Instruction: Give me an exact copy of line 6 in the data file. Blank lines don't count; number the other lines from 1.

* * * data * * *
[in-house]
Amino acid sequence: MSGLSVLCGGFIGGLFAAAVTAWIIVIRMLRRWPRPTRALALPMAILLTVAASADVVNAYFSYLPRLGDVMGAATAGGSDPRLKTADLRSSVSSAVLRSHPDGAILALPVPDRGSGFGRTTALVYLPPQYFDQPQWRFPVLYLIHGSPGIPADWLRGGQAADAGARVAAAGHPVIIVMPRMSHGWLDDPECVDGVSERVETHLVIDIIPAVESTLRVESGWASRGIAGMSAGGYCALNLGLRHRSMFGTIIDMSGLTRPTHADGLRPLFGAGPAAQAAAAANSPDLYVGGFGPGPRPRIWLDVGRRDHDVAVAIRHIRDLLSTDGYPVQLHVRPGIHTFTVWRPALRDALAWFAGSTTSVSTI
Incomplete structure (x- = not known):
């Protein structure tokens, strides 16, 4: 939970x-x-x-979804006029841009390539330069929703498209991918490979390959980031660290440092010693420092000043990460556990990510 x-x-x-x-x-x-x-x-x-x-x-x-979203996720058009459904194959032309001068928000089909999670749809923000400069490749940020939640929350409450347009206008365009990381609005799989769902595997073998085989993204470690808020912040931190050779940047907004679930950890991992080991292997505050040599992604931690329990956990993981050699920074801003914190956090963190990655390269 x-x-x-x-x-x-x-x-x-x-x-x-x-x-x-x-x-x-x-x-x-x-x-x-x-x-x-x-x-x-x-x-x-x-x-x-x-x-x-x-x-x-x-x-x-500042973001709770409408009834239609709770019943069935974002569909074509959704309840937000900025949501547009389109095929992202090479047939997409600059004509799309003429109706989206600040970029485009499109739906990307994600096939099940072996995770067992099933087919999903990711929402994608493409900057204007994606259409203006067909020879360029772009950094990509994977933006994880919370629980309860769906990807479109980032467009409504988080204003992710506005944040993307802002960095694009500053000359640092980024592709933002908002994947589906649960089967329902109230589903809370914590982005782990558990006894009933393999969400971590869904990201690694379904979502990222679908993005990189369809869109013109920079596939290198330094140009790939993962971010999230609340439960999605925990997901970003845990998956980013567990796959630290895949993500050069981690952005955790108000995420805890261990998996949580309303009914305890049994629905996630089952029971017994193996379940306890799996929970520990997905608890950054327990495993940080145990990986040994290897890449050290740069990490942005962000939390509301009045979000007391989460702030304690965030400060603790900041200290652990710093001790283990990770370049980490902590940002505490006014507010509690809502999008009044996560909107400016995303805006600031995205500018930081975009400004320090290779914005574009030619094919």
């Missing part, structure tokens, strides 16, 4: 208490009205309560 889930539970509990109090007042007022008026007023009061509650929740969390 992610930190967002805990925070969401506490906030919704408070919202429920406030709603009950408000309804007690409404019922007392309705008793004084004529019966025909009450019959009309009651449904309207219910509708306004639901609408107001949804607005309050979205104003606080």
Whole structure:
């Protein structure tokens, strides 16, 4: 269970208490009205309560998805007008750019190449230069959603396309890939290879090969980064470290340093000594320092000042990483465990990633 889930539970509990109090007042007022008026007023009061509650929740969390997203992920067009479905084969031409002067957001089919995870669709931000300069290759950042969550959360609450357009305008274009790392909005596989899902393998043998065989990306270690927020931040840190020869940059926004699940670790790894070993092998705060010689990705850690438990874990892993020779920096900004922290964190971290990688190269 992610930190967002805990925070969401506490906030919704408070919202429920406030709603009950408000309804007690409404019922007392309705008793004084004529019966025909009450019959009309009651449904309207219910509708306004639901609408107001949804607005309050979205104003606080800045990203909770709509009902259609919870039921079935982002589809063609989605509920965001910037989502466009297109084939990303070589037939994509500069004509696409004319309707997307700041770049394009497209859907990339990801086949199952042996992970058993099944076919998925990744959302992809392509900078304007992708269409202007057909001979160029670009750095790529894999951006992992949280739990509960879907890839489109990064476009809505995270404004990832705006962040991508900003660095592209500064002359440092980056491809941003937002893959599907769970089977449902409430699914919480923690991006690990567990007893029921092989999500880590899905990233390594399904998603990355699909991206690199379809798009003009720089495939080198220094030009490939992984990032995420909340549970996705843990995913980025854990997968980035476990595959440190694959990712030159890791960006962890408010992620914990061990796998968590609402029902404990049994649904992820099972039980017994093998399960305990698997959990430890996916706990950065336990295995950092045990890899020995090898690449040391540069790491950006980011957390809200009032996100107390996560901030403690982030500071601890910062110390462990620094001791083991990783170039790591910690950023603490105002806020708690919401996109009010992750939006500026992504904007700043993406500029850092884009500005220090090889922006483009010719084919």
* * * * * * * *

Whole structure: